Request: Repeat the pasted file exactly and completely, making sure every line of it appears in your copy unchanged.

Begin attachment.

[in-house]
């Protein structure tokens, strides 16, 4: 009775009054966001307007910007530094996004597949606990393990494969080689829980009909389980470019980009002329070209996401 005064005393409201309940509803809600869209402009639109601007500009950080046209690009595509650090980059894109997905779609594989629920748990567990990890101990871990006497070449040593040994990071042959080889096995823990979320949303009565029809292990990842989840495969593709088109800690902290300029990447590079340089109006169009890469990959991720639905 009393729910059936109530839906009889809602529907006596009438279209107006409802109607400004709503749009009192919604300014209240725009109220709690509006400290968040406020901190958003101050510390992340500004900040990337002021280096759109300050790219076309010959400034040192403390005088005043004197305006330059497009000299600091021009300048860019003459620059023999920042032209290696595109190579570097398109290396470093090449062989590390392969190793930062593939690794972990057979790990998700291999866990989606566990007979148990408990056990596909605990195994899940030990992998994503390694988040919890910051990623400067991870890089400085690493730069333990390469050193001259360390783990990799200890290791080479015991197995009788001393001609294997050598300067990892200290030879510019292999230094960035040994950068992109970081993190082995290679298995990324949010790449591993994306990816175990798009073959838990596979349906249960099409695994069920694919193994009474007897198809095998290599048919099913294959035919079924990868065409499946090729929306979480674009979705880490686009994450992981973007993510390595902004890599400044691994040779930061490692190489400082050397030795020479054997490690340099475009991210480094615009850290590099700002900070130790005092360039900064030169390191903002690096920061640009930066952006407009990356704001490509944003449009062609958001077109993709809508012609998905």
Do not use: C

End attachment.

[in-house]
């Protein structure tokens, strides 16, 4: 009775009054966001307007910007530094996004597949606990393990494969080689829980009909389980470019980009002329070209996401 005064005393409201309940509803809600869209402009639109601007500009950080046209690009595509650090980059894109997905779609594989629920748990567990990890101990871990006497070449040593040994990071042959080889096995823990979320949303009565029809292990990842989840495969593709088109800690902290300029990447590079340089109006169009890469990959991720639905 009393729910059936109530839906009889809602529907006596009438279209107006409802109607400004709503749009009192919604300014209240725009109220709690509006400290968040406020901190958003101050510390992340500004900040990337002021280096759109300050790219076309010959400034040192403390005088005043004197305006330059497009000299600091021009300048860019003459620059023999920042032209290696595109190579570097398109290396470093090449062989590390392969190793930062593939690794972990057979790990998700291999866990989606566990007979148990408990056990596909605990195994899940030990992998994503390694988040919890910051990623400067991870890089400085690493730069333990390469050193001259360390783990990799200890290791080479015991197995009788001393001609294997050598300067990892200290030879510019292999230094960035040994950068992109970081993190082995290679298995990324949010790449591993994306990816175990798009073959838990596979349906249960099409695994069920694919193994009474007897198809095998290599048919099913294959035919079924990868065409499946090729929306979480674009979705880490686009994450992981973007993510390595902004890599400044691994040779930061490692190489400082050397030795020479054997490690340099475009991210480094615009850290590099700002900070130790005092360039900064030169390191903002690096920061640009930066952006407009990356704001490509944003449009062609958001077109993709809508012609998905």
Do not use: C